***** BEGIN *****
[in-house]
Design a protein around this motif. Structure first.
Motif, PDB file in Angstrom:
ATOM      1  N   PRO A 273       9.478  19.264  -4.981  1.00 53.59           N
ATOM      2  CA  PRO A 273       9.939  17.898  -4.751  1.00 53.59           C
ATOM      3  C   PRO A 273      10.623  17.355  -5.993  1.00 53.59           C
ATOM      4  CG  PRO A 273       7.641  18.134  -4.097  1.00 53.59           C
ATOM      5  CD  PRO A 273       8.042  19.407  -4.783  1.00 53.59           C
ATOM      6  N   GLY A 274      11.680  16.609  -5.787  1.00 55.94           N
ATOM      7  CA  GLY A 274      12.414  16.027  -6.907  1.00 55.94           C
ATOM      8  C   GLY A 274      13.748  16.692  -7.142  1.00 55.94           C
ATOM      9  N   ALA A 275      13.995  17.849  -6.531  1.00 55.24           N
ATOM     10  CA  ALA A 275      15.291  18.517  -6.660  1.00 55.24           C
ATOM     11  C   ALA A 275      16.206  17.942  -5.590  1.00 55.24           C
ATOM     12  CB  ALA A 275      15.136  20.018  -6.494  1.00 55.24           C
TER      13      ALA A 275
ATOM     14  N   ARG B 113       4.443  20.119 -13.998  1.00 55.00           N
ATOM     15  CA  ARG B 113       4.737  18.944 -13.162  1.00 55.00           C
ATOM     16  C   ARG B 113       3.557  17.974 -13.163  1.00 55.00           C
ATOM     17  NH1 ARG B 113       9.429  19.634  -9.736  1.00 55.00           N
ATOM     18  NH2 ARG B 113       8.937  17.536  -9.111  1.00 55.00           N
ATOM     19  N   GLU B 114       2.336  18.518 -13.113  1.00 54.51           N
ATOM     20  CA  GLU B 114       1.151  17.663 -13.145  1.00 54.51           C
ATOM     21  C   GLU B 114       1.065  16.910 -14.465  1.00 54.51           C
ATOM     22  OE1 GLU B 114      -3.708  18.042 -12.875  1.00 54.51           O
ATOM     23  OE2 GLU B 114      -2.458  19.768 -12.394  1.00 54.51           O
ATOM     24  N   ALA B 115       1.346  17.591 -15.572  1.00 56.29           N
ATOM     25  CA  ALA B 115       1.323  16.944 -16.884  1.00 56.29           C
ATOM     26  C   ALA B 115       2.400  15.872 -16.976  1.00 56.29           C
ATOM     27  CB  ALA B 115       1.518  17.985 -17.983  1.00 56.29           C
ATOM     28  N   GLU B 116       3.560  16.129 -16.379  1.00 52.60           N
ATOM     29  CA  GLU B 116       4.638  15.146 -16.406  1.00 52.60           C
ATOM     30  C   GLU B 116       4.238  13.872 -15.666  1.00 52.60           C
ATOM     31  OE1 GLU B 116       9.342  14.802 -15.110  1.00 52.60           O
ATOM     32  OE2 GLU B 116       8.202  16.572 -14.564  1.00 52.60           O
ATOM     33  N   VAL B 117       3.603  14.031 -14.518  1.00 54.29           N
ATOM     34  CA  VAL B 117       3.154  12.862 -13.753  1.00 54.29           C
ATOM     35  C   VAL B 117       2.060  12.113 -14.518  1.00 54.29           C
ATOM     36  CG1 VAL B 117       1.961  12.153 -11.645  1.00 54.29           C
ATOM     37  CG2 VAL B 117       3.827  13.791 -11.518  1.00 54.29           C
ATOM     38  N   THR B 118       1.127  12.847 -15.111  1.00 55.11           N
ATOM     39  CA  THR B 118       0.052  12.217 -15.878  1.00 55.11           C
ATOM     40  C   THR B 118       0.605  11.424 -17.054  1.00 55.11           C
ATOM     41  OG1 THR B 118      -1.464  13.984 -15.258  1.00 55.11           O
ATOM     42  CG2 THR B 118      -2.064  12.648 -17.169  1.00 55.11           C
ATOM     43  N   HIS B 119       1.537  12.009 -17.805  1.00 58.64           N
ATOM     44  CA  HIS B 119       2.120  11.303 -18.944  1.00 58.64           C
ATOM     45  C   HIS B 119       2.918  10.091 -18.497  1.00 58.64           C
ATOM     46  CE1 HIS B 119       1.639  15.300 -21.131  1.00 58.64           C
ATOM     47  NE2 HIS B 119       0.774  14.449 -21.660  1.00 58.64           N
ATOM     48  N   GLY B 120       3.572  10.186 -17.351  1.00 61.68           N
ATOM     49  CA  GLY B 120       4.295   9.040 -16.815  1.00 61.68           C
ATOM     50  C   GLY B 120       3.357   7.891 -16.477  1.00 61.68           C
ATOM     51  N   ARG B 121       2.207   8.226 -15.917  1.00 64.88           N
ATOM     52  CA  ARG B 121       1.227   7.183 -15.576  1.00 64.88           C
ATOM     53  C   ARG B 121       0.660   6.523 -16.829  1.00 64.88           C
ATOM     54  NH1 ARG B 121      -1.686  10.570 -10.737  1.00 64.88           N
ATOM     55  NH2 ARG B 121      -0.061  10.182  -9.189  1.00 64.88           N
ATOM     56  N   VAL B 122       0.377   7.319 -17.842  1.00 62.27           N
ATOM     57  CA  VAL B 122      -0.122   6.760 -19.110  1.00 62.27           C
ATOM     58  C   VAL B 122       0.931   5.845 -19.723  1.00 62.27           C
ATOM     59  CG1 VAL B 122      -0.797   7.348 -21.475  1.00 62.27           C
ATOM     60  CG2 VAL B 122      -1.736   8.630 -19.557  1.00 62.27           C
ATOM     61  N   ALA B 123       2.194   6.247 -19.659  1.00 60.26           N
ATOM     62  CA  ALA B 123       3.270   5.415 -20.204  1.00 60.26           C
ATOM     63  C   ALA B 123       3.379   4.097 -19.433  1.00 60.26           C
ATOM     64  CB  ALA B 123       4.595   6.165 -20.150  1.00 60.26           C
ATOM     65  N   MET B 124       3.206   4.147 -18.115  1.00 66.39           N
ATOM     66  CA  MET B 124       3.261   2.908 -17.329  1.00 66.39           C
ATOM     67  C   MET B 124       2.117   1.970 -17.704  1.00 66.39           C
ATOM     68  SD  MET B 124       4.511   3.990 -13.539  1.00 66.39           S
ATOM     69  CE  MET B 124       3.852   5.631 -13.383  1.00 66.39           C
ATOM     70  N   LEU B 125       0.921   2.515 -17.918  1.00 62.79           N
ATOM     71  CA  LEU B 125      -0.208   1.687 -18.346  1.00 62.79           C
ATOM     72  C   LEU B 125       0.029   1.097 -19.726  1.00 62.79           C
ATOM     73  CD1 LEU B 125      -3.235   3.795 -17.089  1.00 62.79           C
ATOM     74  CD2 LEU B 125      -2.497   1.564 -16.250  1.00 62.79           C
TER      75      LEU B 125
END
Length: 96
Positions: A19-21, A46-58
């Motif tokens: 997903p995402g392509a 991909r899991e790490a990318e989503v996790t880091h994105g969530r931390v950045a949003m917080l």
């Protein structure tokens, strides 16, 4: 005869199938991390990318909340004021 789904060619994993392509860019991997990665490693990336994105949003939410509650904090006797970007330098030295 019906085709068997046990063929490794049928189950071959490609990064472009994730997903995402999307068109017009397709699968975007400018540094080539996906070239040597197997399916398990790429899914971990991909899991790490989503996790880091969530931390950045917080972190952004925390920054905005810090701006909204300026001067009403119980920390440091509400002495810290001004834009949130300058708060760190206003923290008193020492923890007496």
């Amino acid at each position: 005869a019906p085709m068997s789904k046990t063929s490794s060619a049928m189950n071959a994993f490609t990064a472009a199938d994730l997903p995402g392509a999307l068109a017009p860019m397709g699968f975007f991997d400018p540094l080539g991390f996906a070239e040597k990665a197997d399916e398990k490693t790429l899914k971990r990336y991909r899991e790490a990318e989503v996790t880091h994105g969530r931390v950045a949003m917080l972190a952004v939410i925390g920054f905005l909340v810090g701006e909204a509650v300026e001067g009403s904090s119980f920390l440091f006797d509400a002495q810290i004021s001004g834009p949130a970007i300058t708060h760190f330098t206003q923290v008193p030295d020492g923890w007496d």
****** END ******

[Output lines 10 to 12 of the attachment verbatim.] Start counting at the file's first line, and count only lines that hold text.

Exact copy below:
ATOM      7  CA  GLY A 274      12.414  16.027  -6.907  1.00 55.94           C
ATOM      8  C   GLY A 274      13.748  16.692  -7.142  1.00 55.94           C
ATOM      9  N   ALA A 275      13.995  17.849  -6.531  1.00 55.24           N